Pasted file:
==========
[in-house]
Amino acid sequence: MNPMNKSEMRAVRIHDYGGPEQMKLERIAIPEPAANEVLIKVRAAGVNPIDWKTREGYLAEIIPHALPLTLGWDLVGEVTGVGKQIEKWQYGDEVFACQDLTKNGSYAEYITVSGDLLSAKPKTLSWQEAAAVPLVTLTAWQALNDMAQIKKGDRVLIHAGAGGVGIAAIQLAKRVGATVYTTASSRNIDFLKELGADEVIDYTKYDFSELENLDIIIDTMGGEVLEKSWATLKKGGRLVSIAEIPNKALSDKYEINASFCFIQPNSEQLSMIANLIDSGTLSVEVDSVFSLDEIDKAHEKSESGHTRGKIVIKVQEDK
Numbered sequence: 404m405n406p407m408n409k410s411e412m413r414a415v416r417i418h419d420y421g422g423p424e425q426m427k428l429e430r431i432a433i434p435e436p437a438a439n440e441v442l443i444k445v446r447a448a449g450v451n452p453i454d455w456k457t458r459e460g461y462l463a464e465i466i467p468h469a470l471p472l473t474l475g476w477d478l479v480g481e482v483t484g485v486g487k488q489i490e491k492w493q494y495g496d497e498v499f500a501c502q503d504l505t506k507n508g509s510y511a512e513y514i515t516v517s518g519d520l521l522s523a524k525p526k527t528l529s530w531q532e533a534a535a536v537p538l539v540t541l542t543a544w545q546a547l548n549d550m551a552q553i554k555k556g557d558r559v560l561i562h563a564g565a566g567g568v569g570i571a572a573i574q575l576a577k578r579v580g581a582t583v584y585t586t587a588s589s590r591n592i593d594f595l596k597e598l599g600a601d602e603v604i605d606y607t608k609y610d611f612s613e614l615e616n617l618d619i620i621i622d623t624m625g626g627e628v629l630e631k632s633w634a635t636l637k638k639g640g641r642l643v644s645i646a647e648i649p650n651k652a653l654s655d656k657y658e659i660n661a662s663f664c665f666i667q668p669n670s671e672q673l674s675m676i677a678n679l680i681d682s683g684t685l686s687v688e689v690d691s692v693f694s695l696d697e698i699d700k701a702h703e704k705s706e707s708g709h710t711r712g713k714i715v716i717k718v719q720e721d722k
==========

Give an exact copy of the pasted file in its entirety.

[in-house]
Amino acid sequence: MNPMNKSEMRAVRIHDYGGPEQMKLERIAIPEPAANEVLIKVRAAGVNPIDWKTREGYLAEIIPHALPLTLGWDLVGEVTGVGKQIEKWQYGDEVFACQDLTKNGSYAEYITVSGDLLSAKPKTLSWQEAAAVPLVTLTAWQALNDMAQIKKGDRVLIHAGAGGVGIAAIQLAKRVGATVYTTASSRNIDFLKELGADEVIDYTKYDFSELENLDIIIDTMGGEVLEKSWATLKKGGRLVSIAEIPNKALSDKYEINASFCFIQPNSEQLSMIANLIDSGTLSVEVDSVFSLDEIDKAHEKSESGHTRGKIVIKVQEDK
Numbered sequence: 404m405n406p407m408n409k410s411e412m413r414a415v416r417i418h419d420y421g422g423p424e425q426m427k428l429e430r431i432a433i434p435e436p437a438a439n440e441v442l443i444k445v446r447a448a449g450v451n452p453i454d455w456k457t458r459e460g461y462l463a464e465i466i467p468h469a470l471p472l473t474l475g476w477d478l479v480g481e482v483t484g485v486g487k488q489i490e491k492w493q494y495g496d497e498v499f500a501c502q503d504l505t506k507n508g509s510y511a512e513y514i515t516v517s518g519d520l521l522s523a524k525p526k527t528l529s530w531q532e533a534a535a536v537p538l539v540t541l542t543a544w545q546a547l548n549d550m551a552q553i554k555k556g557d558r559v560l561i562h563a564g565a566g567g568v569g570i571a572a573i574q575l576a577k578r579v580g581a582t583v584y585t586t587a588s589s590r591n592i593d594f595l596k597e598l599g600a601d602e603v604i605d606y607t608k609y610d611f612s613e614l615e616n617l618d619i620i621i622d623t624m625g626g627e628v629l630e631k632s633w634a635t636l637k638k639g640g641r642l643v644s645i646a647e648i649p650n651k652a653l654s655d656k657y658e659i660n661a662s663f664c665f666i667q668p669n670s671e672q673l674s675m676i677a678n679l680i681d682s683g684t685l686s687v688e689v690d691s692v693f694s695l696d697e698i699d700k701a702h703e704k705s706e707s708g709h710t711r712g713k714i715v716i717k718v719q720e721d722k